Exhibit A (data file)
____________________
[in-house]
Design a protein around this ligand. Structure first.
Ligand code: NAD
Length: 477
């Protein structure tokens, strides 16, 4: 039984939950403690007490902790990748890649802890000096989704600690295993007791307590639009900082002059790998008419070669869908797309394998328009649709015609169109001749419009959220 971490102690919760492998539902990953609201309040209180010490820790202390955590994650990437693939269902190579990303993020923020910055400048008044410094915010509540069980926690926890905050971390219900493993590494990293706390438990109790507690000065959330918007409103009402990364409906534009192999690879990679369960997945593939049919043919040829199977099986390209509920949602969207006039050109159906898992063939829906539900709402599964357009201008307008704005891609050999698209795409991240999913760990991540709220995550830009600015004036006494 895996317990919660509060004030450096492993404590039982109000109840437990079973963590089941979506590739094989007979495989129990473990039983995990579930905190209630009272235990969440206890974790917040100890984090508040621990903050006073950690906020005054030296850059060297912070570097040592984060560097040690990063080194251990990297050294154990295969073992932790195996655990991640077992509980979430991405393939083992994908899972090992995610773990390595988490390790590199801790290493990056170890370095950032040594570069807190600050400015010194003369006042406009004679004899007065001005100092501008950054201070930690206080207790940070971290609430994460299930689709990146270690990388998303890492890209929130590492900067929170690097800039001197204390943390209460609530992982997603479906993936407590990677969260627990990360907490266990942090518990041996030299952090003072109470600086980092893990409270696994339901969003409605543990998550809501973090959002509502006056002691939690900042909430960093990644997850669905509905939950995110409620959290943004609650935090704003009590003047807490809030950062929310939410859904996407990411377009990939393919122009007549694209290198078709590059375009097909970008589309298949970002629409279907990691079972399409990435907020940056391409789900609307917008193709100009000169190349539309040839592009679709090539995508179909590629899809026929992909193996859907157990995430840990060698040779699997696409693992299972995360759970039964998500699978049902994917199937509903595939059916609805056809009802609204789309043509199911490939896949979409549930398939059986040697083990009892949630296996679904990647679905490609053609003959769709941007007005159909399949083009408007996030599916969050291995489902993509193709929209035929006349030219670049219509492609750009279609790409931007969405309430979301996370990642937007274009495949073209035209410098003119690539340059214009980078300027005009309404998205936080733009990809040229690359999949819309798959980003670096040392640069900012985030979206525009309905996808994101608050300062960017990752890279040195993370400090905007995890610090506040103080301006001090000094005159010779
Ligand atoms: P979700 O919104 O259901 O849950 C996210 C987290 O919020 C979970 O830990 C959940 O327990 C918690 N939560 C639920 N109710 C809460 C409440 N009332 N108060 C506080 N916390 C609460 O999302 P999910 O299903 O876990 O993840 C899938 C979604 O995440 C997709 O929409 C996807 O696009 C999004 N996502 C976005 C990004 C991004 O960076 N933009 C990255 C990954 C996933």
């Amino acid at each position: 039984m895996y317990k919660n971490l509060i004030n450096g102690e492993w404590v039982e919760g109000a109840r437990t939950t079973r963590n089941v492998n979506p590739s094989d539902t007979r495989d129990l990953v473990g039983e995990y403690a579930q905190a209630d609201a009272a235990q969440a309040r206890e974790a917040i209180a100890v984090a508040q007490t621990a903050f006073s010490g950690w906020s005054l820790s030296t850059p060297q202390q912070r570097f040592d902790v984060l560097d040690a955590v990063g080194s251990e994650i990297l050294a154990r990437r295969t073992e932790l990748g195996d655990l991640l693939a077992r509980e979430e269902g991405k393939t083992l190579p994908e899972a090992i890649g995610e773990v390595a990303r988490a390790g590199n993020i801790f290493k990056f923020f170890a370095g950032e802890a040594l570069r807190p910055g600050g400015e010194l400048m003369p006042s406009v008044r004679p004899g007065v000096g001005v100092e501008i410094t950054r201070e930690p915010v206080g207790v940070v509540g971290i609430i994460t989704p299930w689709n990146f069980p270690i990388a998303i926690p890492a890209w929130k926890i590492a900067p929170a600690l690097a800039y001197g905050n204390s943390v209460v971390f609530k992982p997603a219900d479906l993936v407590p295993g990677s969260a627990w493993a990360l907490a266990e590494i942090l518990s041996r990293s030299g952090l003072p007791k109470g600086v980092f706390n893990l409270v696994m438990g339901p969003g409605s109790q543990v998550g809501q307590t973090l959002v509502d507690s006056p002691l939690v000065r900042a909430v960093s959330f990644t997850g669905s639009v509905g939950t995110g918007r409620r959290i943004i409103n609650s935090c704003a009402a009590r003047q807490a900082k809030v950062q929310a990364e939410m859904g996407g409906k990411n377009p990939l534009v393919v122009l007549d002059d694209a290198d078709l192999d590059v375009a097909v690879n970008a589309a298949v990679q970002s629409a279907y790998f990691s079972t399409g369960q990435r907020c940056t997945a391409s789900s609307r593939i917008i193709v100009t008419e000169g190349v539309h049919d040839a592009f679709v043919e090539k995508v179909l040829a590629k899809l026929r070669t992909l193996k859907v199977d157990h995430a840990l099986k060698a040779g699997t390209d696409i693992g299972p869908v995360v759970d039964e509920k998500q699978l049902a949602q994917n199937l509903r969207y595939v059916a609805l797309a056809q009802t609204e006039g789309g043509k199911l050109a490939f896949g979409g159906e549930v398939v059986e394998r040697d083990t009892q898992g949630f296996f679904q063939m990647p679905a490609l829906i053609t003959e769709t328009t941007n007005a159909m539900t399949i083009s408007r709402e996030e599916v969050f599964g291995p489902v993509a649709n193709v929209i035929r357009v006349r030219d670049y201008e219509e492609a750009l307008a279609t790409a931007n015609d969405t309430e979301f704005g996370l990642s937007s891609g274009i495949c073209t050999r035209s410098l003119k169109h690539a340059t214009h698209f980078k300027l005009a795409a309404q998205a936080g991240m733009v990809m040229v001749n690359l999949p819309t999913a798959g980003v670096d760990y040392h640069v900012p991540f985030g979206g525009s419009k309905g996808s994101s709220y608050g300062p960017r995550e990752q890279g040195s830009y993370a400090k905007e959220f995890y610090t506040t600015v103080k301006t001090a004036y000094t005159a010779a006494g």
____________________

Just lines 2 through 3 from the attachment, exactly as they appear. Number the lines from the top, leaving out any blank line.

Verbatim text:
Design a protein around this ligand. Structure first.
Ligand code: NAD